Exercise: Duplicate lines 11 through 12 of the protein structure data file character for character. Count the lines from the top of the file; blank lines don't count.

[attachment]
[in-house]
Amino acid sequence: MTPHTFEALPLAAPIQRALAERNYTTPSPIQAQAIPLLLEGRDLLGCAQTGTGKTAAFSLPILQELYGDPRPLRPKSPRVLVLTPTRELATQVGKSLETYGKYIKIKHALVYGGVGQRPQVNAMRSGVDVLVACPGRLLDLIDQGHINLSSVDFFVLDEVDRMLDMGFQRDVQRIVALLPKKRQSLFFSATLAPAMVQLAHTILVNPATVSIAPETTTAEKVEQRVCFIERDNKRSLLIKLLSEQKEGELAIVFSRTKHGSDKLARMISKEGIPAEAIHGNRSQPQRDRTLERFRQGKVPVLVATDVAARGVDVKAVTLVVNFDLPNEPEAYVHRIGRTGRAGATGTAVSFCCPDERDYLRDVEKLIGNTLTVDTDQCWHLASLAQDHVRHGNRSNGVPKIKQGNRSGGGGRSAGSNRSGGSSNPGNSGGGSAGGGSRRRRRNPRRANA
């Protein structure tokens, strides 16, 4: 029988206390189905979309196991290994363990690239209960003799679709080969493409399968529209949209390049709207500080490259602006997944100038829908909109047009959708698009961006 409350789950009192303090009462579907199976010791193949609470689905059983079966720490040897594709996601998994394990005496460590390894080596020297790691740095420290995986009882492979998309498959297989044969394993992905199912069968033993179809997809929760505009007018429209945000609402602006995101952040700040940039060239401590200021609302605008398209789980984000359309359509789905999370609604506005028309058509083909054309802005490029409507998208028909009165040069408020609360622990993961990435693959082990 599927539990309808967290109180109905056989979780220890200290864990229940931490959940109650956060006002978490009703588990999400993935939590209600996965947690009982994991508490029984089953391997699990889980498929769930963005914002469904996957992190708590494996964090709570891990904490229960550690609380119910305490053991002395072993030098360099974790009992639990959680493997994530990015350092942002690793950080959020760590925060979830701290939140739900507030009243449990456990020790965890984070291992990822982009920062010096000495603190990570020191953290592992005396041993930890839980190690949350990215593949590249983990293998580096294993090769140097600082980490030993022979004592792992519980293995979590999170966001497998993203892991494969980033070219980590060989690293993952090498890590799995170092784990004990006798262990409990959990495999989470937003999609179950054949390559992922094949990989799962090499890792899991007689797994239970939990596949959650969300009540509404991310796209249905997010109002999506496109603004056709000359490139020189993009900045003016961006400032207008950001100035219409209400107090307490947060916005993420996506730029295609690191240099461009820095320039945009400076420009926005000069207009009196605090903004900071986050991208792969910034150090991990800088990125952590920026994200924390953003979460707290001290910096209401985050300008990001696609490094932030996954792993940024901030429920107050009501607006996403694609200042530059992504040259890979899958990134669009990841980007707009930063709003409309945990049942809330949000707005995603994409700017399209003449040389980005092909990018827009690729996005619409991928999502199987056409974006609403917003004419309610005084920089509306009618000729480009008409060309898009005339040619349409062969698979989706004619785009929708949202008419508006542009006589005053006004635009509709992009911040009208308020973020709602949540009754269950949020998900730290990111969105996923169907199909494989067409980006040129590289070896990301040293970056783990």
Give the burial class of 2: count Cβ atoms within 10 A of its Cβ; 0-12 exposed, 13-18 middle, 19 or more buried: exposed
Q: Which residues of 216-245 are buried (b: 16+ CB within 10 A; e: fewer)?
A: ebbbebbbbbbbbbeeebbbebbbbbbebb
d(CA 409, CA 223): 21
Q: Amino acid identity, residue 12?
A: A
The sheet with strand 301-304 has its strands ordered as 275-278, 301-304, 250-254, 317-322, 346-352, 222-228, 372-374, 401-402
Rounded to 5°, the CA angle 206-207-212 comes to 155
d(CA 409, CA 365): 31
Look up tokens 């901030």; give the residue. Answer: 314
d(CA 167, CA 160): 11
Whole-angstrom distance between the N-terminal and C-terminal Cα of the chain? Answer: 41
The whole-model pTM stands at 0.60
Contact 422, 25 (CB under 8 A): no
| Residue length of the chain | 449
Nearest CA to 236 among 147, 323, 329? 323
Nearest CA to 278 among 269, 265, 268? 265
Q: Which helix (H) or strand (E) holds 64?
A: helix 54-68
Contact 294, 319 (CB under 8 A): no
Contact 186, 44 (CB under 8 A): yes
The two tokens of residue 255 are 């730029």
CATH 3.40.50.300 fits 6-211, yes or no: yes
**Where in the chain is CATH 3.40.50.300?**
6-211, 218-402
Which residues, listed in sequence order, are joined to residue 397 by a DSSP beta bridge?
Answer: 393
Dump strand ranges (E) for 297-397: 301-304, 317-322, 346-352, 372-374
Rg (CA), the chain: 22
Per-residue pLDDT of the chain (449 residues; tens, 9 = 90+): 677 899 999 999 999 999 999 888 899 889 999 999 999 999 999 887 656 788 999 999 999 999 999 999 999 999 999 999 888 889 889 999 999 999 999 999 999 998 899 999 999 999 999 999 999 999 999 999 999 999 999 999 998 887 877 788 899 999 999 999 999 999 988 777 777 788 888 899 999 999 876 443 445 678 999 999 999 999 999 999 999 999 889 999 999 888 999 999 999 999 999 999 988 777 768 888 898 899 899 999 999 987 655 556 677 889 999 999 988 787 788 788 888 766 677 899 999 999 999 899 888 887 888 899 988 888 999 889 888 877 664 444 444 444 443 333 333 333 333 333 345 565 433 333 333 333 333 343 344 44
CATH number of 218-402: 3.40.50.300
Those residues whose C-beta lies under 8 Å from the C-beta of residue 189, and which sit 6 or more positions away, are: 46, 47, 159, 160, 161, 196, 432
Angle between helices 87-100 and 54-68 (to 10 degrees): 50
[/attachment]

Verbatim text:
Rounded to 5°, the CA angle 206-207-212 comes to 155
d(CA 409, CA 365): 31